Gig(s) Review: birds of passage, The Unseen Mechanised Eye (Clarence Street)Hide & Tallow, Rumpus Room, Inchworm (Nivara Lounge)
G I G ( S ) R E V I E W
birds of passage, The Unseen Mechanised Eye (Clarence Street)
Hide & Tallow, Rumpus Room, Inchworm (Nivara Lounge)
11 March 2016
March 11 was a big night for music in Hamilton, with a Fringe Festival gig at Clarence St Theatre followed by the Inchworm reunion at Nivara Lounge.
First up at Clarence Street were Birds of Passage. Over 60 were in attendance, ranging from the young to the old, and included a disproportionately high number of beards. With the audience sitting on the darkened Clarence St Theatre stage, rather than in the main theatre seating area, the two-piece performance featuring Alicia Merz (keyboards and occasional guitar) with Gareth Schott (guitar) played their ambient minimalist compositions with a backdrop of interesting visuals projected on a big screen. Overall, the seating placement, music and accompanying visuals made for an intimate experience, which the audience greatly appreciated. Next up were ‘The Unseen Mechanised Eye’, whose “minimal, droning avant-classical soundscapes” were based primarily around Rob Thorne’s traditional Māori instruments (taonga puoro). Their performance was both interesting and varied, although with the show unfortunately running later than expected, I needed to leave them early for my second port-of-call, Nivara Lounge.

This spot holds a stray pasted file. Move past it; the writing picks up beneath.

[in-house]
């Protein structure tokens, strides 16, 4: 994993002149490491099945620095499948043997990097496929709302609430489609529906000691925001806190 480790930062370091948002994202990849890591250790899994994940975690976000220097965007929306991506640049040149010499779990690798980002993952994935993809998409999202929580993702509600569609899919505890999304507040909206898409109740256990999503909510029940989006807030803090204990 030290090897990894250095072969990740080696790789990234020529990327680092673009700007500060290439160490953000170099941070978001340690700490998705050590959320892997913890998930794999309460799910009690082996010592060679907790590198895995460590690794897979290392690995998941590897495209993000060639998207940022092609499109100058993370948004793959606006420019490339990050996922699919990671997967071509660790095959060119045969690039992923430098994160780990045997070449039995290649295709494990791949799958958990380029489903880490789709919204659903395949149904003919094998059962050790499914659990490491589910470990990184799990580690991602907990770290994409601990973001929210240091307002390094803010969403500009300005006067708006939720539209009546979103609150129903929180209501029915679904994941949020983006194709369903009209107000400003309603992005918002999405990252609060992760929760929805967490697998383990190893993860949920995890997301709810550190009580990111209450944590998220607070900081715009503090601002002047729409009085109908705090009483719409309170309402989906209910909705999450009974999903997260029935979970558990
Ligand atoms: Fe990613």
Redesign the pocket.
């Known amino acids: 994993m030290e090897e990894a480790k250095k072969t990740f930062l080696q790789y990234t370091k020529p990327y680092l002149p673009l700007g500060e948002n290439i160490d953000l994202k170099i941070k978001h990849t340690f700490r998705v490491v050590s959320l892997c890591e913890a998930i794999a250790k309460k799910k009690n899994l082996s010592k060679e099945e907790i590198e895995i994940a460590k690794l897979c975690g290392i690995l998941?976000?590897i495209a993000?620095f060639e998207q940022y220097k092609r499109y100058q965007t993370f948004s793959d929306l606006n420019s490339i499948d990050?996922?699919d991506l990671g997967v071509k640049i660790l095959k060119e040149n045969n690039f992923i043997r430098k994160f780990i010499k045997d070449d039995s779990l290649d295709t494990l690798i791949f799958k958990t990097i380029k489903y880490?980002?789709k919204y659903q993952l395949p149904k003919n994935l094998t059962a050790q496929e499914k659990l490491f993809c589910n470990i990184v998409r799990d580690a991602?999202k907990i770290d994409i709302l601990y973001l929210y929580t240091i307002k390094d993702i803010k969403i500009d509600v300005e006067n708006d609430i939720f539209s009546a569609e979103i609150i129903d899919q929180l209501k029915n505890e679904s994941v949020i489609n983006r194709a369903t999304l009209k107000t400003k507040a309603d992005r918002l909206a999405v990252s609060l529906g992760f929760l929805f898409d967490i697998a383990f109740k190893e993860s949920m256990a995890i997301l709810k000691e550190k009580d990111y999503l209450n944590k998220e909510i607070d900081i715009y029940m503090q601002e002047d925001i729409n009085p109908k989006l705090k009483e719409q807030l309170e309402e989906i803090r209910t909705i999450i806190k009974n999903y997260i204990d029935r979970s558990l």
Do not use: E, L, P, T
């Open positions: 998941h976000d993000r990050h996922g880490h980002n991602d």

There was quite a different audience attending the Inchworm gig, with most around the 40 years-of-age mark, and with most being distinctly less hirsute. Overall, the atmosphere of the gig was a bit like a school reunion – a nostalgic trip down memory lane, which included all the excitement and anxiety involved with seeing people again you haven’t seen for years. Support acts Hide & Tallow and Rumpus Room didn’t get the level of attention they deserved, unfortunately, although a surprise cover of Garageland’s ‘Nude Star’ by Rumpus Room certainly ripped many people’s attention away from whoever they were talking to a time. Ultimately, however, the night was all about Inchworm. Their performance began with the wonderful ‘You Get to Me’ off their final ‘You are Only Here’ album. Although this included a couple of false starts, the band soon hit its straps and provided a thoroughly entertaining show. Many of the full house who attended danced and sang away to all of the familiar songs that were still firmly burnt into their collective minds. The band avoided their set being a complete nostalgia-fest, however, by adding a couple of brand new songs, ‘Three Islands’ and ‘Strider Rider’, of which recordings should see the light of day (along with several others) sometime in the future. Overall, the songs from their final album best passed the test of time, and provided an indication of what might have been had they managed to stay together just a few more years. Following one of their strongest songs, ‘The End’, the show was over, and everyone seemed to go home happy.
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